Do You Know What You Need?

In any relationship, clearly communicating our expectations, needs and wants, makes it much more likely that those will be met. This means that we need to be clear about what we expect, want and need.What stops people from asking for what they need in their relationships? It could be pride, fear, or a lack of awareness.

If what keeps you from letting our partner know what you want and need is that you do not know yourself what it is that you want or need, it is time to get to know your self. Awareness begins with paying attention to your feelings, paying attention to what you enjoy, what tastes good, smells good and feels good to you. You can begin with food and entertainment preferences and move on to what is it that helps you feel loved, accepted and respected in your relationship.

If it is fear that keeps you from speaking up, you might do well to consider that although asking does mean there is a possibility of hearing, “no;” not asking almost guarantees that you will not get what you need or at least not consistently. If fear is getting in your way then it is time to take a deep breath, face your fear and speak up.

Sometimes it is pride that keeps you from sharing your wants and needs with your partner. You think, “I shouldn’t have to tell him/her, s/he should already know,” or you may choose to withdraw and stop communicating when you feel hurt or upset. Stubbornness can prevent you from getting your needs met. What you choose to do may be moving you farther and farther from what it is that you need, but you may refuse to see it. Consider for example a husband who feels his wife is too busy with school, work or the children to spend enough time with him. He feels hurt and withdraws. Later when his wife says lets go do something, he chooses to reject her offer because he felt rejected and hurt. What he needs is quality time with his wife, but his actions are moving him farther from getting those needs met.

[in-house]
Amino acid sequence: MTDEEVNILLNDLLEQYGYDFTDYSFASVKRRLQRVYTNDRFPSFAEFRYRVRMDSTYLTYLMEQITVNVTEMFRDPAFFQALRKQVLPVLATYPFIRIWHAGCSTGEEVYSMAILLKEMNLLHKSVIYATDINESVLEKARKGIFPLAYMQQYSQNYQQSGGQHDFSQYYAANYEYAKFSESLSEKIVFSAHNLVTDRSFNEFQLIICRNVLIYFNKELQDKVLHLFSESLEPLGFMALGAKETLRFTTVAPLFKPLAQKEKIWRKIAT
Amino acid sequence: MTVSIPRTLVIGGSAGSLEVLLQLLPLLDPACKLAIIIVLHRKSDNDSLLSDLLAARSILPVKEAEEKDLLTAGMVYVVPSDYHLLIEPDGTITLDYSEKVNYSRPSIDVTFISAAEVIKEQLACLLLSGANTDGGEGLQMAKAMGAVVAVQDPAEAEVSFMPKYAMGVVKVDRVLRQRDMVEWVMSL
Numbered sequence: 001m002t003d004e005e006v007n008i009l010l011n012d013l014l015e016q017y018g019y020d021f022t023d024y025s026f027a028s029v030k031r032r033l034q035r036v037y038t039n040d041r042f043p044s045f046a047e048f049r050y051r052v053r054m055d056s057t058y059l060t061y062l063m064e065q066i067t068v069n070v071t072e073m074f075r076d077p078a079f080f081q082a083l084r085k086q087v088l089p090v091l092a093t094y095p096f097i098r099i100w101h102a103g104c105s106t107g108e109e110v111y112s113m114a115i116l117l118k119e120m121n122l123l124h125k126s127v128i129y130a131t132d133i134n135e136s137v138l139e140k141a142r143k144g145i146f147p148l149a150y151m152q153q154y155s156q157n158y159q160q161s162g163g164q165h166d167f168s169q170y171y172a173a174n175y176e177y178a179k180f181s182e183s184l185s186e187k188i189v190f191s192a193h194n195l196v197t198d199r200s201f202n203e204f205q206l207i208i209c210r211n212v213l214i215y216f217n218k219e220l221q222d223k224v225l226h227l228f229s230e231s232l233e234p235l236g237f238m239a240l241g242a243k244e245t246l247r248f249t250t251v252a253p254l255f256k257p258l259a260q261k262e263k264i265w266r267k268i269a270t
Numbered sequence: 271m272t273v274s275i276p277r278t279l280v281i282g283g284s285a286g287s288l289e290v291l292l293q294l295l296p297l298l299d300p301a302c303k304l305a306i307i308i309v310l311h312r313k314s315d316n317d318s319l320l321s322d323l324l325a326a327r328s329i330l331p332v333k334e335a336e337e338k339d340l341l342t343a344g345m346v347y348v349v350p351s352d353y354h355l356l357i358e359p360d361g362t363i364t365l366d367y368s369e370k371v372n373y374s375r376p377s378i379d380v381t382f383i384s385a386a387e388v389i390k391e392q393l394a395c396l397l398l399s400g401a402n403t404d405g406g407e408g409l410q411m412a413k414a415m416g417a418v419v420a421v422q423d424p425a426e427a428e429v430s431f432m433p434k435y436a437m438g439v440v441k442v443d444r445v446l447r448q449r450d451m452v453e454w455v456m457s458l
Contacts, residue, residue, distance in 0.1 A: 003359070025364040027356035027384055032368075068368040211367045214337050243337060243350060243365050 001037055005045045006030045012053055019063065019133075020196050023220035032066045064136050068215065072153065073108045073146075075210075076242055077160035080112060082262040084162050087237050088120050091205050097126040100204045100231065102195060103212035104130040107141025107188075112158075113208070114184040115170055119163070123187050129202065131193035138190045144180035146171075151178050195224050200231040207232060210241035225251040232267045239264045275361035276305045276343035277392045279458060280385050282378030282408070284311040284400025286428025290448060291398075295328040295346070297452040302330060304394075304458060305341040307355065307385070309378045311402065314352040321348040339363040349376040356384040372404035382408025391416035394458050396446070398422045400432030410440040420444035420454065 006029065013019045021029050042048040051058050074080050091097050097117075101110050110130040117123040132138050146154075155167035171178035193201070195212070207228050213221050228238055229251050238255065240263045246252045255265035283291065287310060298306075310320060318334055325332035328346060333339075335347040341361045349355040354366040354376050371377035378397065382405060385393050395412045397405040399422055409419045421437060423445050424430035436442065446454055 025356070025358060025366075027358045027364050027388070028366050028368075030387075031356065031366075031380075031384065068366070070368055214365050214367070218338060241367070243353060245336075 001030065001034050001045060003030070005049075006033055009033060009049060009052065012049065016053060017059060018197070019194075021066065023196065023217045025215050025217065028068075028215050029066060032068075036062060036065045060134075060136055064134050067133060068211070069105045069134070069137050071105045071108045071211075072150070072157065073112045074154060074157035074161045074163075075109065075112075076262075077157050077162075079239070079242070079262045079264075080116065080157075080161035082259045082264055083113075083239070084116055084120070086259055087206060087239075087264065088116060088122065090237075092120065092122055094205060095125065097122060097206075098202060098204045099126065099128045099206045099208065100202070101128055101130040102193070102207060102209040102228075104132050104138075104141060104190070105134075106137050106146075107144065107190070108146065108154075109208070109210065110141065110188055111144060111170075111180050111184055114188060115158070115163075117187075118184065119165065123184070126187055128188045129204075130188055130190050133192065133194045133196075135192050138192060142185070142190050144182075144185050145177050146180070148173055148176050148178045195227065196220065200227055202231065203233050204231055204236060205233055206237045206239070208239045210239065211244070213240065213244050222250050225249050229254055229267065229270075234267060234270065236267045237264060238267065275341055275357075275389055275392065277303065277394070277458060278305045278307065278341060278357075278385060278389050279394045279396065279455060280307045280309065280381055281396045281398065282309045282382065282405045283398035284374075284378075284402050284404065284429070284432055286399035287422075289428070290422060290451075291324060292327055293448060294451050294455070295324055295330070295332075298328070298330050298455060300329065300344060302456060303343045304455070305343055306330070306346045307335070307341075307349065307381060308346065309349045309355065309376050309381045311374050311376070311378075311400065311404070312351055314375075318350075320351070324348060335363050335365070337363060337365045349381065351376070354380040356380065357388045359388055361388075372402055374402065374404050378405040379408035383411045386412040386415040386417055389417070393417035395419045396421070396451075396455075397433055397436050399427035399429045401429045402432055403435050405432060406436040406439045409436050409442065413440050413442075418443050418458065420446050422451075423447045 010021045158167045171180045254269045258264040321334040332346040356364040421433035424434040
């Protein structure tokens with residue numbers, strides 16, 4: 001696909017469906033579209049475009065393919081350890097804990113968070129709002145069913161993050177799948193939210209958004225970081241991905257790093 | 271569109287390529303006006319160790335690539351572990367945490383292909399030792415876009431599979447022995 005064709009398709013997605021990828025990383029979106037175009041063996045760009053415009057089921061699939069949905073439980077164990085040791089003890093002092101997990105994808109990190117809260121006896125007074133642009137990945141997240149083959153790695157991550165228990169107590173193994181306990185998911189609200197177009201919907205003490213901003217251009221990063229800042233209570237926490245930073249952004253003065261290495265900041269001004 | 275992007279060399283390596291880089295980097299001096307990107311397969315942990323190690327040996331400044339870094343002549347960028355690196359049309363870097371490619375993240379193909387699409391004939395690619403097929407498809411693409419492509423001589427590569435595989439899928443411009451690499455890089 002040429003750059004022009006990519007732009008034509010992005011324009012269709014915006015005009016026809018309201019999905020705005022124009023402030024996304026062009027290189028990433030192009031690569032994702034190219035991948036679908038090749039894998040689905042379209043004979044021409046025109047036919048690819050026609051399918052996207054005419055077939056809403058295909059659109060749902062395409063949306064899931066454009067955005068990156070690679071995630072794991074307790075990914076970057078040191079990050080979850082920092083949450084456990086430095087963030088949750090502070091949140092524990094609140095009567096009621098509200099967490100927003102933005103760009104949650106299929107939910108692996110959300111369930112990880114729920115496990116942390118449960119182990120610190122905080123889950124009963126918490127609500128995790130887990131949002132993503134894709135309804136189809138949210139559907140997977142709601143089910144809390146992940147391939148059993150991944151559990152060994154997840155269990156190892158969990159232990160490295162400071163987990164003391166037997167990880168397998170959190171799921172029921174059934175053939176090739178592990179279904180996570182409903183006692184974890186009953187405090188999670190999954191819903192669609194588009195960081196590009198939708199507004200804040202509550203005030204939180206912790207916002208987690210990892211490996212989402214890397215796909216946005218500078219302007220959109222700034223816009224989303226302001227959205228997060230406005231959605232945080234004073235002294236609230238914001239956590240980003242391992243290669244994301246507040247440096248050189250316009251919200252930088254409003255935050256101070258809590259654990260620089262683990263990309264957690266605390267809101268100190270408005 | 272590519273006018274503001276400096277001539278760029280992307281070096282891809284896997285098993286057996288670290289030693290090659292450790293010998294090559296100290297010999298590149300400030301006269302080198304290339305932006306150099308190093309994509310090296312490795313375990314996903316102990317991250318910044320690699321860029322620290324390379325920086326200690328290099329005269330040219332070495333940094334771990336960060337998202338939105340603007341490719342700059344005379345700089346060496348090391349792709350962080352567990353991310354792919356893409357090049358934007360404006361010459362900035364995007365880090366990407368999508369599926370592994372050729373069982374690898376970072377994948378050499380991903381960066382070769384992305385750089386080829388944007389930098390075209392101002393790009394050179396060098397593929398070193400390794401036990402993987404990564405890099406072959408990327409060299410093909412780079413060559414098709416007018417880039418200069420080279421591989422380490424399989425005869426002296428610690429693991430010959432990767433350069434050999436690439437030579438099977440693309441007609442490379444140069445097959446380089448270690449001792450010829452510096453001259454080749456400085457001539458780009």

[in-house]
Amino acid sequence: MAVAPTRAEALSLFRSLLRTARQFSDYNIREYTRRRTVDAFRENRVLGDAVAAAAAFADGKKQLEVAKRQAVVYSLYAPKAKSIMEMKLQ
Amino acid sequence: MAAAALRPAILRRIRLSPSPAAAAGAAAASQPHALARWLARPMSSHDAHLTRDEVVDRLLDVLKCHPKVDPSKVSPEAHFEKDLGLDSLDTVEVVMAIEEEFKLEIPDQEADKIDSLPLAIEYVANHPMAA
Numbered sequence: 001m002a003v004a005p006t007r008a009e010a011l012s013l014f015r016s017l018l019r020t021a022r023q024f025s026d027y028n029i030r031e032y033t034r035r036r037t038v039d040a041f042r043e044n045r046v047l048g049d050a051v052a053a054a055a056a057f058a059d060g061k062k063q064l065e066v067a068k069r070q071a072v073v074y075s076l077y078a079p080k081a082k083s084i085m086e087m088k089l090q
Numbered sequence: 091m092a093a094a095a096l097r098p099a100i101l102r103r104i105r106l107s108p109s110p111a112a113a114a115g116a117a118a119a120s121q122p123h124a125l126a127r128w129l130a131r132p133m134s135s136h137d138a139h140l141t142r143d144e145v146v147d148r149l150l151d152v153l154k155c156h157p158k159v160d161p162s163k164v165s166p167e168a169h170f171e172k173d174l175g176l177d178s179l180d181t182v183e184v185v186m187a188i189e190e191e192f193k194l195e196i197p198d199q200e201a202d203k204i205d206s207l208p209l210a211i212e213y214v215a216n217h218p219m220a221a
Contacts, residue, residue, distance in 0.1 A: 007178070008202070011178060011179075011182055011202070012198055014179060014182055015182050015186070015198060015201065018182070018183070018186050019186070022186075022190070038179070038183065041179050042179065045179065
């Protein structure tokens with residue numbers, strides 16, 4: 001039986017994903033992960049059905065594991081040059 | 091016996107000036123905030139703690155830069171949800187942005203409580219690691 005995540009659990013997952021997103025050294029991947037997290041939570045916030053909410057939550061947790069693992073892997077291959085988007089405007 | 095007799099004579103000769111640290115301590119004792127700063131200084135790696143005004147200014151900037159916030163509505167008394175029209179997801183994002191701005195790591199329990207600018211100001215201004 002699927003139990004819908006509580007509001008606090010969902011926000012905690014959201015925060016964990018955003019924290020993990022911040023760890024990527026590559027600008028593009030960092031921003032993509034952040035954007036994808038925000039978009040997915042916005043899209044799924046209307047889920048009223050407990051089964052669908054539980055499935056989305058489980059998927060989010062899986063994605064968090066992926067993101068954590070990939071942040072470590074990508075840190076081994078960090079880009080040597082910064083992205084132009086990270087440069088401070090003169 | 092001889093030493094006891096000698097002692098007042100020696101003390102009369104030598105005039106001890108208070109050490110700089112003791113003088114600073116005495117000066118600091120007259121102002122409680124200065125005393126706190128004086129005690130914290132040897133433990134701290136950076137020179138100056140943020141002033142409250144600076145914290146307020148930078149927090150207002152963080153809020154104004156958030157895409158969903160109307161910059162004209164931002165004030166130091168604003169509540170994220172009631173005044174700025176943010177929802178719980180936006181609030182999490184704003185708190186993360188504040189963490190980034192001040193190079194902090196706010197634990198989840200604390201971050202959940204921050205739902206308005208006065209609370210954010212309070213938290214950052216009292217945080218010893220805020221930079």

It is important to stop and think about if our actions are getting us closer to what we need and want or farther away. Gratitude and open-mindedness are the antidotes for pride. Stay open to possibilities and look for solutions rather than problems.

Beware of Indifference

As human beings we all need to feel important—to feel that we are somebody and that what we do matters. This is especially true in intimate relationships. It meets our needs at a basic level to know that our partner sees us and what we do as important. During a communication exercise in a Marriage Preparation Class that we teach, where couples practice talking through issue, one groom-to-be brought up the issue of feeling that the bride-to-be was not interested in something that he had spent a good deal of time making. He thought she felt it was silly and not worth her time. He wanted her to take time to look at and possibly appreciate things that he had put time and effort into doing.


Robert Gordon Menzies said, “More good things in life are lost by indifference than ever were lost by active hostility.” We may not be putting our partner down, but if we are indifferent to their successes and discount what is important to them, we are giving them the message that they do not matter to us.

Pay attention to the ways that you may be giving your partner the message that he or she is not important to you. Remember that something that is of great importance to your partner should be important to you, simply because it is important to your partner.

Give your partner the gift of your excitement for their accomplishments and successes, whatever they may be. Don't let your relationship dwindle because of indifference.